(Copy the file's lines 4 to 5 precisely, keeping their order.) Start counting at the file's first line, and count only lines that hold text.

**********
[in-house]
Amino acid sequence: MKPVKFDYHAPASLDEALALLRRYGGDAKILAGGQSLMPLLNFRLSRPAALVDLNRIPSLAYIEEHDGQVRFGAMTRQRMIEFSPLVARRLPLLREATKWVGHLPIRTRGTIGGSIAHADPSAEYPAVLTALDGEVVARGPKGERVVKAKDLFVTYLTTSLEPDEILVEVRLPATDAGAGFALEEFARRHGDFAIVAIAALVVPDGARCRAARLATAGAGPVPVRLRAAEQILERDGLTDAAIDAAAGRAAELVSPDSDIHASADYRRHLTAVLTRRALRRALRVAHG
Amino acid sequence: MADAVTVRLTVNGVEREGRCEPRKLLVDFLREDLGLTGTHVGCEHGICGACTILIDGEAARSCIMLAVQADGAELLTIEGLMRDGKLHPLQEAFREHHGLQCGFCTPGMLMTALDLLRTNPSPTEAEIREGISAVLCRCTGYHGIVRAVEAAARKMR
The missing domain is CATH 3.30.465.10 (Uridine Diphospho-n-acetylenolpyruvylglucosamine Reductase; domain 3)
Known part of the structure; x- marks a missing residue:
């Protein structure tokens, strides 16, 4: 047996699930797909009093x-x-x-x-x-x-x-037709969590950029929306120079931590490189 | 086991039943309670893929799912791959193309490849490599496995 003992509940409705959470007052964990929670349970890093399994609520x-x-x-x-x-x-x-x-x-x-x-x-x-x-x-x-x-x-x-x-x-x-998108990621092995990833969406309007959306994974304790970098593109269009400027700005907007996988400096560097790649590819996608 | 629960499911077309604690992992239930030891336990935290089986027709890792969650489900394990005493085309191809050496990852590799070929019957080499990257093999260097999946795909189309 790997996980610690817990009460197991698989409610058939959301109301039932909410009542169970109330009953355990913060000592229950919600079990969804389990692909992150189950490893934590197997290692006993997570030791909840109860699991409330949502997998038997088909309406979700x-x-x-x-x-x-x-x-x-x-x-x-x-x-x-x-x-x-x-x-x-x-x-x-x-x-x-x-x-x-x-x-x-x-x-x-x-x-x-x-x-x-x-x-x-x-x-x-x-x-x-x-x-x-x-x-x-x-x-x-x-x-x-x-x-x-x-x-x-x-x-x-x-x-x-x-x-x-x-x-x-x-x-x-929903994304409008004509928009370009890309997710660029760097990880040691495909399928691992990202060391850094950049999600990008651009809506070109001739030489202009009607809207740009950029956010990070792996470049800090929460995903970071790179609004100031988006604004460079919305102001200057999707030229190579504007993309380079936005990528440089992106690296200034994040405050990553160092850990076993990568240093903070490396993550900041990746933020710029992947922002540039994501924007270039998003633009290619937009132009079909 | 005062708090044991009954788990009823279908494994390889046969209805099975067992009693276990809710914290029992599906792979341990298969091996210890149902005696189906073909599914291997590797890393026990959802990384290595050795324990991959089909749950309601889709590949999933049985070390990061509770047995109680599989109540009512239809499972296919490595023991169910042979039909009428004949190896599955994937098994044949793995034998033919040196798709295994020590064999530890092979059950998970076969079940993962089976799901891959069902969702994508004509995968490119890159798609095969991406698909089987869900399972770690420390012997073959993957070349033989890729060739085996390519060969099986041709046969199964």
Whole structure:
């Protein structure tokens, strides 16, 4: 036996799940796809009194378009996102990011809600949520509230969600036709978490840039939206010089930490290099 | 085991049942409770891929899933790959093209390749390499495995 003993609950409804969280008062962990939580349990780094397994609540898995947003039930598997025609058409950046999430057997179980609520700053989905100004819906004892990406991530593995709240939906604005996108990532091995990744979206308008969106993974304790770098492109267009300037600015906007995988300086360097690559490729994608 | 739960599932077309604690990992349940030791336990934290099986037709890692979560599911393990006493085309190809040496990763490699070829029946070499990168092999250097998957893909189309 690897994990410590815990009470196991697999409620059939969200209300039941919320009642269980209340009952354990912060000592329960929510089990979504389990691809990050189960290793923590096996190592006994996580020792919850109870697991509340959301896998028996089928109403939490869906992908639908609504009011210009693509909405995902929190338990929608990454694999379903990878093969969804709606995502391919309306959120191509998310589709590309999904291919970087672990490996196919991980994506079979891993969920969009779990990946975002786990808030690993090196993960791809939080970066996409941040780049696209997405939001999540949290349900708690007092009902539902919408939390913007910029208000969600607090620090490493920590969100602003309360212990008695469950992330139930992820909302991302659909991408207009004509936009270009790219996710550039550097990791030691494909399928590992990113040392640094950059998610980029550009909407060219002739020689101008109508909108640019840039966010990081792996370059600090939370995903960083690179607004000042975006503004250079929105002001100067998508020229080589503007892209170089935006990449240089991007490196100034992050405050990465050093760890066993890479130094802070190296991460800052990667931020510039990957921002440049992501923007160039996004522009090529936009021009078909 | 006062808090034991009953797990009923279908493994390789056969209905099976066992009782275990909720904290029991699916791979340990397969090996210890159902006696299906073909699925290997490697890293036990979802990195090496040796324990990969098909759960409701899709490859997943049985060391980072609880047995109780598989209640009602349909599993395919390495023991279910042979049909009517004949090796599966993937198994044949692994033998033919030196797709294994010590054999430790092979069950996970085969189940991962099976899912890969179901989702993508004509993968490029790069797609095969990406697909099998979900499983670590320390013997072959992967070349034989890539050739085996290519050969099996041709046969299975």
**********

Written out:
The missing domain is CATH 3.30.465.10 (Uridine Diphospho-n-acetylenolpyruvylglucosamine Reductase; domain 3)
Known part of the structure; x- marks a missing residue: